Steven Salaita





Steven Salaita


Born
in Bluefield, WV , The United States
September 15, 1975

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I teach English at Virginia Tech and write about Arab Americans, Indigenous peoples, race and ethnicity, and literature. I live with my beloved wife, my half-blind bichon frise, and my nutty orange tabby in Blacksburg, Virginia. The little fellow in the picture with me is my son, Ignatius, the fiery one.

Average rating: 3.84 · 135 ratings · 20 reviews · 8 distinct works
Uncivil Rites: Palestine an...

4.48 avg rating — 31 ratings — published 2015 — 4 editions
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Anti-Arab Racism in the USA...

really liked it 4.00 avg rating — 20 ratings — published 2006 — 5 editions
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The Uncultured Wars: Arabs,...

3.41 avg rating — 22 ratings — published 2008 — 6 editions
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Modern Arab American Fictio...

3.95 avg rating — 19 ratings — published 2011 — 4 editions
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Arab American Literary Fict...

really liked it 4.00 avg rating — 11 ratings — published 2006 — 4 editions
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Israel's Dead Soul

3.36 avg rating — 11 ratings — published 2011 — 4 editions
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The Holy Land in Transit: C...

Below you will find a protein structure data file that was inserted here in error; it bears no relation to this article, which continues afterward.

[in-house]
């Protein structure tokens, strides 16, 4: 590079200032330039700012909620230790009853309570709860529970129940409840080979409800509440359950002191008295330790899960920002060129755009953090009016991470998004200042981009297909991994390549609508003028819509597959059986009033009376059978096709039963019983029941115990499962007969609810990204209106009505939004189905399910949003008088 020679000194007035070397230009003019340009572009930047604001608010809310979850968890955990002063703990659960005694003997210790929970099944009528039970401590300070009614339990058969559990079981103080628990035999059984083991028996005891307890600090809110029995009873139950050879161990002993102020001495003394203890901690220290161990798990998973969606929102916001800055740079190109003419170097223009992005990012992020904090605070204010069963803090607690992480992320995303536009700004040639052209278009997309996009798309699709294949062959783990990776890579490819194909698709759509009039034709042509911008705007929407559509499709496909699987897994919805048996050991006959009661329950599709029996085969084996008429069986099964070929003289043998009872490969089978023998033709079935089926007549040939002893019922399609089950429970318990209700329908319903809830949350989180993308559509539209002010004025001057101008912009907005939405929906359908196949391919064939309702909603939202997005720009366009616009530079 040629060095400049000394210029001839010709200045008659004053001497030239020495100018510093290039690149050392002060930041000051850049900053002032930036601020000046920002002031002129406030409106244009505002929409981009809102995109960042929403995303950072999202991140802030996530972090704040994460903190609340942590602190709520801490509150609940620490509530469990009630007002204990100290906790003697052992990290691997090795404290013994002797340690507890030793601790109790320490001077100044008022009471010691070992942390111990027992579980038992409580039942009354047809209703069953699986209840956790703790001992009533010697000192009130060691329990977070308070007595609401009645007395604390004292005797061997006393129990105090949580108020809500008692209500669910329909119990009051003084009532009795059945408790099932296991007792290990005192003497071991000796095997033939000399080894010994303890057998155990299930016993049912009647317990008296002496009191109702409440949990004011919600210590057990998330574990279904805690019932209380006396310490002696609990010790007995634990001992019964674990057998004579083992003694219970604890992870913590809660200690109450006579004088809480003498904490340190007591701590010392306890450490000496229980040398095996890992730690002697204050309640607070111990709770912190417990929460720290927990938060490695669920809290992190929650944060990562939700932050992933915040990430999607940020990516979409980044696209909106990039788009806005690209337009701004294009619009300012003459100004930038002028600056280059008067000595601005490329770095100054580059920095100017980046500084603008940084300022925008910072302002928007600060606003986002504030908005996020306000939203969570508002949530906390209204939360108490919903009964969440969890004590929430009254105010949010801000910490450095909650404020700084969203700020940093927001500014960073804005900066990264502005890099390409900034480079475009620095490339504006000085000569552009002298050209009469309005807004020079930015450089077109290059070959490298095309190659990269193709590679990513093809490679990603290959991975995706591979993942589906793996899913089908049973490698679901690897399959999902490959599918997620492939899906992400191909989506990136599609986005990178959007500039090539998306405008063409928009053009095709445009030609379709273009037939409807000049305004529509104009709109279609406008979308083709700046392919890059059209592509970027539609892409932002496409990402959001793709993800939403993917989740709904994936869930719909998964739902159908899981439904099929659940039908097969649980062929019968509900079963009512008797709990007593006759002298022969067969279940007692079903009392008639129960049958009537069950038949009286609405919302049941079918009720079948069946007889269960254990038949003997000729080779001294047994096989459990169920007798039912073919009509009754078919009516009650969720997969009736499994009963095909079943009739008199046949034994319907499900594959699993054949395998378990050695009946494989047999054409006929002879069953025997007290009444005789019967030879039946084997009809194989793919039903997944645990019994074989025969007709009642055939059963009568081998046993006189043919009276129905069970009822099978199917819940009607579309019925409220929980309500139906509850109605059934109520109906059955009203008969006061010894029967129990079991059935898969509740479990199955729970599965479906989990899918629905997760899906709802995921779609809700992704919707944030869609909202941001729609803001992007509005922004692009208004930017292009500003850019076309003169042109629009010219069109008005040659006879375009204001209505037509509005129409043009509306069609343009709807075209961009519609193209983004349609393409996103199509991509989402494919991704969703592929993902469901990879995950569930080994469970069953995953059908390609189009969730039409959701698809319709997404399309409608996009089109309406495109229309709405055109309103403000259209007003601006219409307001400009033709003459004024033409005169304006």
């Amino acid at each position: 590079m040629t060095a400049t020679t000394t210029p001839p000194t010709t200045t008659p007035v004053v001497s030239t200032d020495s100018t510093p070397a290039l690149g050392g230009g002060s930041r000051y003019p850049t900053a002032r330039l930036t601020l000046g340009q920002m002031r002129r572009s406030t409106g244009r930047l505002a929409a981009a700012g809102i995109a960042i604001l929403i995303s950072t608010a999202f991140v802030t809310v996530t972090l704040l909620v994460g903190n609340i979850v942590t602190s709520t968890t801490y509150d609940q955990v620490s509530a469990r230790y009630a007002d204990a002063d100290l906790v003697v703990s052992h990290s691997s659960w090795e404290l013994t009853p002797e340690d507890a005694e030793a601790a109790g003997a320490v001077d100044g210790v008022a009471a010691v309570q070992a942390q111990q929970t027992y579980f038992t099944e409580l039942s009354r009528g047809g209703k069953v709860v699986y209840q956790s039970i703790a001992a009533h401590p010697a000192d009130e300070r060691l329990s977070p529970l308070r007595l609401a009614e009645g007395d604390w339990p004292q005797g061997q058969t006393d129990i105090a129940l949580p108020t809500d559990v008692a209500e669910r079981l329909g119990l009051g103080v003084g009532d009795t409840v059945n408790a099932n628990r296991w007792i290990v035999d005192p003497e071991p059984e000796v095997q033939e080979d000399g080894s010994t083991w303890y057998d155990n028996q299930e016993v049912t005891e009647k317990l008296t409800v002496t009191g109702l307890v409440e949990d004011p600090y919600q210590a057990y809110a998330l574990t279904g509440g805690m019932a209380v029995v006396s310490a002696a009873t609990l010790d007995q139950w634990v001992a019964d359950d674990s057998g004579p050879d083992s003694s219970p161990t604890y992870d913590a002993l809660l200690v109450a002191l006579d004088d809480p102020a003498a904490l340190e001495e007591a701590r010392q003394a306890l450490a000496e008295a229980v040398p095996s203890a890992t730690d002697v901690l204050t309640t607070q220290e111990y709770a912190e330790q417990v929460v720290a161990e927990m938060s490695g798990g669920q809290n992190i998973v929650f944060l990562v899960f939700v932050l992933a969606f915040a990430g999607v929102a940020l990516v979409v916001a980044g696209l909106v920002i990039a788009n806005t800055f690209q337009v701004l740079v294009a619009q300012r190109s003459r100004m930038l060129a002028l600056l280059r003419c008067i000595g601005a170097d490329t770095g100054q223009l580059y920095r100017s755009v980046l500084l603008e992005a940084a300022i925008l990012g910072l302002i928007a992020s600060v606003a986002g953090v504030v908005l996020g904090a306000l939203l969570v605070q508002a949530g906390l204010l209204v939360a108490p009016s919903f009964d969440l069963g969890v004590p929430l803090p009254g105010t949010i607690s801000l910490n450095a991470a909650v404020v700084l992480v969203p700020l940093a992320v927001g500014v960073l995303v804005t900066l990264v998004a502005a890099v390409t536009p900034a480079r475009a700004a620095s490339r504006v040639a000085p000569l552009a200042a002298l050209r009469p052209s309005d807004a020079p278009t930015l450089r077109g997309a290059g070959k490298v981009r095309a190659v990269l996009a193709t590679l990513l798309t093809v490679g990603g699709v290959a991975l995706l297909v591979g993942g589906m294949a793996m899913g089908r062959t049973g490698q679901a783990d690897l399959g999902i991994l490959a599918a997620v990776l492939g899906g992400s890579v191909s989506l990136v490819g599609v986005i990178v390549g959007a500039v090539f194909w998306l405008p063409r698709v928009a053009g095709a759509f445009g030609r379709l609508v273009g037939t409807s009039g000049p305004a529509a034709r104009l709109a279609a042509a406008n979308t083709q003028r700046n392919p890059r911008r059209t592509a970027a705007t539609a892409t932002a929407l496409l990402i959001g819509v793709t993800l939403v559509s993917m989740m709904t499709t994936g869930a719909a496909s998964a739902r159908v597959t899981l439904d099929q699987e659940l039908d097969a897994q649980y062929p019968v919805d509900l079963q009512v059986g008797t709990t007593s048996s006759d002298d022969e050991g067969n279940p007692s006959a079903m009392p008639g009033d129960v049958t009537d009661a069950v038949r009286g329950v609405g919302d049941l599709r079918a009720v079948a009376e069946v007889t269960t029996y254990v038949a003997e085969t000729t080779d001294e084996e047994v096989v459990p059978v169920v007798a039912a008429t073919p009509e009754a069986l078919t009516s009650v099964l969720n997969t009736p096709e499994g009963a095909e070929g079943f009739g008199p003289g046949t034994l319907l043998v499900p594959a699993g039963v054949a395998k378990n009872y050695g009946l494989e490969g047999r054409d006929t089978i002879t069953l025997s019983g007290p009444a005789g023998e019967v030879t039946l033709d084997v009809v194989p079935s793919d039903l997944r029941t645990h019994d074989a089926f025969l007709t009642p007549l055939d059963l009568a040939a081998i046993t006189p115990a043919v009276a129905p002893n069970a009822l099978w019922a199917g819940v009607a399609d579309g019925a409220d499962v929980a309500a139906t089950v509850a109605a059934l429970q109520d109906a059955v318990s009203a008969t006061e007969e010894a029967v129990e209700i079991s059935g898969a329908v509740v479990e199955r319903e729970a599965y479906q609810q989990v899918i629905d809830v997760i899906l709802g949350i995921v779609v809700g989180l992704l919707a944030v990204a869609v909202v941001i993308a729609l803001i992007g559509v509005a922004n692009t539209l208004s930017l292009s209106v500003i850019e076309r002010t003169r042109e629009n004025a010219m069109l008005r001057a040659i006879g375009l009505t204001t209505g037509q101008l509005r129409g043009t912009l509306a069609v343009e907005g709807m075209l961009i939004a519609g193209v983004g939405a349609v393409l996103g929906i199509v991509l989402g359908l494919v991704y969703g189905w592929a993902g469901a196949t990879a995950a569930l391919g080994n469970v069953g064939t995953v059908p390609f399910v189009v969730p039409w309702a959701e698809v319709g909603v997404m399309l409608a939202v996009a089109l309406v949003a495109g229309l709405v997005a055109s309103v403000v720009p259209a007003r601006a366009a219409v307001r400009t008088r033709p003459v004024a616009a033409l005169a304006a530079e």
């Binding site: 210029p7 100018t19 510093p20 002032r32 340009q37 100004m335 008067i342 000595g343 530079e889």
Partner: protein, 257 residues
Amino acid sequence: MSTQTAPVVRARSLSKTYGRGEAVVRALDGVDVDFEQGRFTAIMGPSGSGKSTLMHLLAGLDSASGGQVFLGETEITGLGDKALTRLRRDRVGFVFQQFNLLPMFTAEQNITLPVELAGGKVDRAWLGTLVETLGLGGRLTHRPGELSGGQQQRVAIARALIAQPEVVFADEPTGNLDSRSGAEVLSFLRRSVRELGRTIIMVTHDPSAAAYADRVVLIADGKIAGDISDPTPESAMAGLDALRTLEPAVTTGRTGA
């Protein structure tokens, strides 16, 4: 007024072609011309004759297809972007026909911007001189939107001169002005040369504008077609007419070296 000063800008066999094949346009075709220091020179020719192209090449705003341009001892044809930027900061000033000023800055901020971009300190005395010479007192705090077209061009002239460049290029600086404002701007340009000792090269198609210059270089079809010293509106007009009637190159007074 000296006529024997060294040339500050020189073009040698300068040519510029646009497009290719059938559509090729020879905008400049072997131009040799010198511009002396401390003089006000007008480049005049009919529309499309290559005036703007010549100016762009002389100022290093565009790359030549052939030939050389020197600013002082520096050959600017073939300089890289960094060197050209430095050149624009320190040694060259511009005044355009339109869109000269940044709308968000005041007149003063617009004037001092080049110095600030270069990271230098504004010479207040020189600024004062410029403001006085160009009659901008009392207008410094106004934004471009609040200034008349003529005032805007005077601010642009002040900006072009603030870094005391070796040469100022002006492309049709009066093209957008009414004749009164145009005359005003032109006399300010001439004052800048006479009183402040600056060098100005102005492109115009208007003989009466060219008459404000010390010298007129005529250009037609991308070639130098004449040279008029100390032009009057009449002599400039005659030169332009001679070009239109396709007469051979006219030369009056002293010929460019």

really liked it 4.00 avg rating — 9 ratings — published 2006 — 3 editions
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Inter/Nationalism: Decoloni...

2.75 avg rating — 12 ratings3 editions
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“Beirut's "hopelessness relies upon its resilience. There are those who praise the courage of its people, their valour amid despair, but it is this very capacity for survival, for eternal renewal, that is Beirut's tragedy.”
Steven Salaita, Modern Arab American Fiction: A Reader's Guide

“If I had my life over again, I would form the habit of nightly composing myself to thoughts of death. I would practice the remembrance of death.
There is no other practice which so intensifies life. Death, when it approaches, ought not to take one by surprise. It should be part of the full expectancy of life. Without an ever-present sense of death, life is insipid. You might as well live on the whites of eggs. You might as well drink Kool-Aid”
Steven Salaita, Modern Arab American Fiction: A Reader's Guide

“Beirut's "hopelessness relies upon its resilience.”
Steven Salaita, Modern Arab American Fiction: A Reader's Guide



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